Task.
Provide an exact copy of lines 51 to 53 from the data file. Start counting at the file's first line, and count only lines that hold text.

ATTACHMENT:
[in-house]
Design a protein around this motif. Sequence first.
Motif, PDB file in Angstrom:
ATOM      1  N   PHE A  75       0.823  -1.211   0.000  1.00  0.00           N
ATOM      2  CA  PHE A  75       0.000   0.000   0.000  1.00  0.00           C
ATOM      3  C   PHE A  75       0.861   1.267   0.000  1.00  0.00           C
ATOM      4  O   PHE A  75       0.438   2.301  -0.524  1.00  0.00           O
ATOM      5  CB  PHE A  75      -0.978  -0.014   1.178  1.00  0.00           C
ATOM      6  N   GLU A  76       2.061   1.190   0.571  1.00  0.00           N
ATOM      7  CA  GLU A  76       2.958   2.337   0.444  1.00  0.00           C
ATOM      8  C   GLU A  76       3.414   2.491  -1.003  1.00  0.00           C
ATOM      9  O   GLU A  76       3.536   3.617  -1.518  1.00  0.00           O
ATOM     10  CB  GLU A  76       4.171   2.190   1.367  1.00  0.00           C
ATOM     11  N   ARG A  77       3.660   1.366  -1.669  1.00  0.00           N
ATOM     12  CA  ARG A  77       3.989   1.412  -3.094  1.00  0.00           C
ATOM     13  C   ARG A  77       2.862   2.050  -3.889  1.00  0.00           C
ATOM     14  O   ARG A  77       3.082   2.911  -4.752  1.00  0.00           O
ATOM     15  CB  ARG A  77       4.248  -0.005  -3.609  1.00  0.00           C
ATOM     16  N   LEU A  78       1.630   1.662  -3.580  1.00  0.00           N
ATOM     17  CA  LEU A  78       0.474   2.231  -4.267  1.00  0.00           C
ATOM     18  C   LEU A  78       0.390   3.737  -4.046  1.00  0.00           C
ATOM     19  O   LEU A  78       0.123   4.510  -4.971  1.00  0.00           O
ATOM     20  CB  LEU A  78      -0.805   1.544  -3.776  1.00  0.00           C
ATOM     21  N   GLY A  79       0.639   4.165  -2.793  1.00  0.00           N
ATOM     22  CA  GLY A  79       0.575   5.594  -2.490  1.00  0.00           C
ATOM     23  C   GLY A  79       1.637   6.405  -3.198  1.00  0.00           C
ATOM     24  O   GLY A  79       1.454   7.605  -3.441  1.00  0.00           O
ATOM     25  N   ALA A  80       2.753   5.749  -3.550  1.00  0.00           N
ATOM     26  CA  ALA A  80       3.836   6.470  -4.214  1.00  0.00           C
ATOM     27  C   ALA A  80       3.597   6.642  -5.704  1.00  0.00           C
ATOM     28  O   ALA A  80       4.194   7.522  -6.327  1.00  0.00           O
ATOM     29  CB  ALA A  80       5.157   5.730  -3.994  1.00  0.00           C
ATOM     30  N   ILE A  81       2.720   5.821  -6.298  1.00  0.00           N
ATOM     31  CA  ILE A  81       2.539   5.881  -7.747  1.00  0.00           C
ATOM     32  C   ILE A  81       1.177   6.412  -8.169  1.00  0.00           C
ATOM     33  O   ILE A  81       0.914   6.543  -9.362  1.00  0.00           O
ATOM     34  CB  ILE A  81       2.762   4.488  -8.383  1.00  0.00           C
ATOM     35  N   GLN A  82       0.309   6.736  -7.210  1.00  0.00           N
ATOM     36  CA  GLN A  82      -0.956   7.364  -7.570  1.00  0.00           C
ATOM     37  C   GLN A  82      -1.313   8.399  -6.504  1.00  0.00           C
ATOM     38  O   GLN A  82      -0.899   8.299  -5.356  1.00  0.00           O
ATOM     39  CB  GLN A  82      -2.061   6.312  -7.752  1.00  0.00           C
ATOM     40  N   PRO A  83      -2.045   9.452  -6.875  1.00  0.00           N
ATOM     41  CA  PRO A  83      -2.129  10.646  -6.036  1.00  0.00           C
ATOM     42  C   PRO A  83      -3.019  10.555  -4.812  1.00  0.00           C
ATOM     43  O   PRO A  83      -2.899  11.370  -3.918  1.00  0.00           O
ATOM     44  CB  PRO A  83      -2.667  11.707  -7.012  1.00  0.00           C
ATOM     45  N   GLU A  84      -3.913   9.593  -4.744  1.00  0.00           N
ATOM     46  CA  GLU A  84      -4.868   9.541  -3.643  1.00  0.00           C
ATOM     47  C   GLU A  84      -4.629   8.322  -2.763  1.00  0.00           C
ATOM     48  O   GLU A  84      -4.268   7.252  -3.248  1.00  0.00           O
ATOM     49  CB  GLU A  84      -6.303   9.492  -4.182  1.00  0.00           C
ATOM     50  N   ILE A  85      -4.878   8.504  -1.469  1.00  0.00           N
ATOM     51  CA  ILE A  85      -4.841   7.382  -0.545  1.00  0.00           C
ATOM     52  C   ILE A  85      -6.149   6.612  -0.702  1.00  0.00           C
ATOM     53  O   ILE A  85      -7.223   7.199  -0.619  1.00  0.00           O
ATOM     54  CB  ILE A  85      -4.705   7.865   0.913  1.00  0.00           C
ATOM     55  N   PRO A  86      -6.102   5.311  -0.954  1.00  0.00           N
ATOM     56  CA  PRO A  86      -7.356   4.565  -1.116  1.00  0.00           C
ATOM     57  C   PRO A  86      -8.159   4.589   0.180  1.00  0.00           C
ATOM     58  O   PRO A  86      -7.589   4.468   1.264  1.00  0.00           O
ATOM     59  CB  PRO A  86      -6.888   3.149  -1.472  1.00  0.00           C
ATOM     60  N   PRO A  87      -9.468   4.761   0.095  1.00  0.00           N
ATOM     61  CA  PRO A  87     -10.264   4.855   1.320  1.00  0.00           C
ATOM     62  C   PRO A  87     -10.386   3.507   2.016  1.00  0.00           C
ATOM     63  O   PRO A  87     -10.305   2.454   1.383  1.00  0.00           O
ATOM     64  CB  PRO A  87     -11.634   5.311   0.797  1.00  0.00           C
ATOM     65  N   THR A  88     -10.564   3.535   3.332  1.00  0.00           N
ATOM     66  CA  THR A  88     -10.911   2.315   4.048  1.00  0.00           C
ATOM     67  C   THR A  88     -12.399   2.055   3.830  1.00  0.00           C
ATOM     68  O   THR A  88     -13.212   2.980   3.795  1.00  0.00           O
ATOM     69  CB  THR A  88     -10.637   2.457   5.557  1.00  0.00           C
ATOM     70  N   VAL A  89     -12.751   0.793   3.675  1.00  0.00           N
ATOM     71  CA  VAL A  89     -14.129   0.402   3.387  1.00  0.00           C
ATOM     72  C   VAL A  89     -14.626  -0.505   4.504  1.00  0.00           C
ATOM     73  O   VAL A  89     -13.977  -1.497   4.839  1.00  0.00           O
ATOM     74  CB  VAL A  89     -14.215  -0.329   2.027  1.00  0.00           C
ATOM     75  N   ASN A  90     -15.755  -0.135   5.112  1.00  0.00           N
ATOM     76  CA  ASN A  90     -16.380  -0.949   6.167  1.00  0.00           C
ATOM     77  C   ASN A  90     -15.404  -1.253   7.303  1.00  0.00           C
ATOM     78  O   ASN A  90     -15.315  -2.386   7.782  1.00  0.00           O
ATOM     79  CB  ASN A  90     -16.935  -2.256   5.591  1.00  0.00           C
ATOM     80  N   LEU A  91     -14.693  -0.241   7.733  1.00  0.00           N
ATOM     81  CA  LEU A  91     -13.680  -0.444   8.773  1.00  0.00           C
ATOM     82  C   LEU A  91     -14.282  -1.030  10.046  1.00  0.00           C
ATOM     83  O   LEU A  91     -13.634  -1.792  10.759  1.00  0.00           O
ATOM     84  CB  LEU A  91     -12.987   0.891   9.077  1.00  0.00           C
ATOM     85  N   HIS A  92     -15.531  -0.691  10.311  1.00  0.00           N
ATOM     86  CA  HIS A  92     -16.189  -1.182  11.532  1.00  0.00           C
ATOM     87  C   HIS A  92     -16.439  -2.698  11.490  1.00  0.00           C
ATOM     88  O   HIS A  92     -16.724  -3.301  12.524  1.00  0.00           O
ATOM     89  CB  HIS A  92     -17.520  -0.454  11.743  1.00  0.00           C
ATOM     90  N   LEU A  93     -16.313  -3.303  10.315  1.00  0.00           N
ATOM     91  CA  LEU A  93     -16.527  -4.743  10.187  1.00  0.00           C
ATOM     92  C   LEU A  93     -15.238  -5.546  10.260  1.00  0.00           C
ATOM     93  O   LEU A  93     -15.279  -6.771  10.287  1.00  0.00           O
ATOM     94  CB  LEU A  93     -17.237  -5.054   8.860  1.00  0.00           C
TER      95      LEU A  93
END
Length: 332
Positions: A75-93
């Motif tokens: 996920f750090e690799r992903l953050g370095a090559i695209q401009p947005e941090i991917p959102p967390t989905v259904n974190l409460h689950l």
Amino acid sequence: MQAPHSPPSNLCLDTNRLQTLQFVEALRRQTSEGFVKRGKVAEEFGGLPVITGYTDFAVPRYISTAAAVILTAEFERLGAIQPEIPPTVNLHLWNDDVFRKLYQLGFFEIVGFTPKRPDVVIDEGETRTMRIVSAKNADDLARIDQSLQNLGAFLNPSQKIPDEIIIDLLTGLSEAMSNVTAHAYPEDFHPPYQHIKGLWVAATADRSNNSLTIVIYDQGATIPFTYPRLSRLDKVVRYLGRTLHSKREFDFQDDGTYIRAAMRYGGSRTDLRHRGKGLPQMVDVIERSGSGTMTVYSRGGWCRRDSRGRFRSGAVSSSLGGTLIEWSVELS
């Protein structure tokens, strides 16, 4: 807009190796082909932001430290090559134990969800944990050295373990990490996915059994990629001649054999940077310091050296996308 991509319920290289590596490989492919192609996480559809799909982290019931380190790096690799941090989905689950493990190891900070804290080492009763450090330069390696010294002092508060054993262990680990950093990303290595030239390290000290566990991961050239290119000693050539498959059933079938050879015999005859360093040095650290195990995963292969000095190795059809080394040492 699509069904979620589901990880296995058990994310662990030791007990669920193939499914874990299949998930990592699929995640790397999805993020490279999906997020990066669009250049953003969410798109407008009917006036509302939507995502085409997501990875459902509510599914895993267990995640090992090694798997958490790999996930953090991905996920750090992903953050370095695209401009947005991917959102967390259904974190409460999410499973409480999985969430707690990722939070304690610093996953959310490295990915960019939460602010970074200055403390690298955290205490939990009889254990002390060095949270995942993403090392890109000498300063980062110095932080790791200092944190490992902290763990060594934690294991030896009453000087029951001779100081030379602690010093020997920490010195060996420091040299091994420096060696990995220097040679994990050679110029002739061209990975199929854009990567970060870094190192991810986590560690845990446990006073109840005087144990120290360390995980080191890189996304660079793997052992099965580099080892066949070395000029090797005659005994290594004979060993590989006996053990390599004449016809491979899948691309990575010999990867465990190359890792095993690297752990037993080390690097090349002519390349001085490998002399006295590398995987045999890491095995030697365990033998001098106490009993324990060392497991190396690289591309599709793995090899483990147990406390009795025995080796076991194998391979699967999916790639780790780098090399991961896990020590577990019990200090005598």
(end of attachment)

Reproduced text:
ATOM     48  O   GLU A  84      -4.268   7.252  -3.248  1.00  0.00           O
ATOM     49  CB  GLU A  84      -6.303   9.492  -4.182  1.00  0.00           C
ATOM     50  N   ILE A  85      -4.878   8.504  -1.469  1.00  0.00           N